Christians Against Poverty (CAP) Highland Perthshire Debt Centre would like to share one befriender’s story with Go For It blog readers, which will give you a flavour of how CAP works locally. Every CAP client is allocated a befriender, who walks the road with the client until he/she becomes debt free. (Note: names have been changed in this story).
I wasn’t sure what I was getting involved in when I agreed to become a befriender for a new CAP client. Denise was a big person in every way – and funny with it. She’d been very hurt by her husband leaving her for someone else, and leaving her, too, with debts to pay. But she had children and grandchildren who cared for her, and she was determined to get back on her feet. She’s a people person and I guess that’s why we clicked, because that’s what I am.
Denise agreed to work with CAP, and we initially hoped to work out a way of her repaying her debts. But although she was in work, her low income meant she’d no hope of repaying in a reasonable time-frame, and CAP’s approved money advisors’ recommended solution was that she went bankrupt. She was devastated at this suggestion. That was the last thing she wanted to do – she felt so ashamed, and a failure. However, over time, she came to realise that this probably was the best way forward, and CAP helped her through that process. Eventually, the huge burden of debt was lifted and she could look up and outwards again. Her health improved, depression lifted and despite her seasonal work ending, she was able to manage her finances much better.
We met for coffee most weeks during those difficult months, and told each other about our families and our lives. We discovered a shared love of ballet, which led us to go to the live relay of Giselle at our local cinema, and I was able to pay for her ticket as a small “blessing” from CAP.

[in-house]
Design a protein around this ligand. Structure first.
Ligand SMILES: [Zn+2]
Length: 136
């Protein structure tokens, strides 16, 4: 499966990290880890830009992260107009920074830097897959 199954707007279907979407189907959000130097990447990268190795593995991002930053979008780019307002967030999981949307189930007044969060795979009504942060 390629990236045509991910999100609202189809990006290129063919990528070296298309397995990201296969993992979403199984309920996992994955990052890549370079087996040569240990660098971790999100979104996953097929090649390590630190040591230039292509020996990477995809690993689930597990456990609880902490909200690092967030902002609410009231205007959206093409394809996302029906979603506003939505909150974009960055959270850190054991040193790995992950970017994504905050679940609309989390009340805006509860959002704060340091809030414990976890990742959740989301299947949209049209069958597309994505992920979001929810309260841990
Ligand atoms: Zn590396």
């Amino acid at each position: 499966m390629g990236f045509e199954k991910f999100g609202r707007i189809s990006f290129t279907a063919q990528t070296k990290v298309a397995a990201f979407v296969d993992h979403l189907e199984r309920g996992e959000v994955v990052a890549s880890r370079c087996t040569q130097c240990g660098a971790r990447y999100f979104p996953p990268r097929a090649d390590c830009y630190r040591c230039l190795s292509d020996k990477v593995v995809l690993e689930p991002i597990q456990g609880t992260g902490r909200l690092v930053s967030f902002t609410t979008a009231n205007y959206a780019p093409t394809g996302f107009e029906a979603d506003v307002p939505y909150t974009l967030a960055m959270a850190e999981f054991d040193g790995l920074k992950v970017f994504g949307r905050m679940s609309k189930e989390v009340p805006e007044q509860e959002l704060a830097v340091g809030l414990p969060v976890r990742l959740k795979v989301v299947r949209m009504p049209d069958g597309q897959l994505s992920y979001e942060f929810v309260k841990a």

CAP provide a down-to-earth, hands-on way for Christians to put their faith into action in a quiet, low-key way.
(CAP Highland Perthshire Debt Centre)
Denise’s son was coming to visit from the other side of the world, and she was desperate to get her garden into shape before he arrived, so I got my husband and a couple of other guys in our church to dig out the weeds and lay turf and take away all the rubbish lying around. We were able to pay for the turf from CAP’s client budget.
In the spring of this year, Denise got a part-time seasonal reception job, which turned out to be just what she needed to regain her confidence and self-respect, and she’s already been asked to do that job again next year. In the early days, I helped her by paying for food shops until she got established at work and had a regular income coming in. Twice I gave her petrol money so she could get to her work. These expenses are refunded by CAP, so I was able to bless her in these practical ways.
Gradually, we built a relationship with each other, and eventually the bankruptcy went through and my client was debt free. We still see each other, maybe not as regularly as we did – but our friendship actually matters to both of us, which is a really good outcome in the end – given I didn’t really know how things would work out when I first volunteered for this job. In fact, she took me out for dinner at a local restaurant last week to say thank you for everything CAP and I had done for her! Nice one!
CAP’s a great organisation to volunteer for. They provide a down-to-earth, hands-on way for Christians to put their faith into action in a quiet, low-key way. I guess caring for people in difficult circumstances is something that the Christian church has always been good at and Christians Against Poverty are relative newcomers on the Scottish scene with a lot to offer folks in debt, but maybe not all that well-known yet. But watch this space – the plan is to have a network of 50 CAP centres across Scotland by 2021 and we’ve got 22 opened so far with more in the pipeline, so we’re marching on!
If you don’t know much about CAP, then check out their website. Find out about the debt services on offer; investigate the job clubs they run; scope the work CAP do with people with addictions. Consider whether your church could also partner with CAP to help people disadvantaged by debt, joblessness or addictions in Scotland. The CAP family is growing fast in Scotland – but there’s always room at the table for more members.
Chair of the Strategy Team
Christians Against Poverty (CAP) Highland Perthshire Debt Centre
About CAP Highland Perthshire Debt Centre
CAP Highland Perthshire Debt Centre are using a Go For It Main Grant to provide a free debt counselling service and one to one support; working with each client until they become debt free, and teaching budgeting skills.
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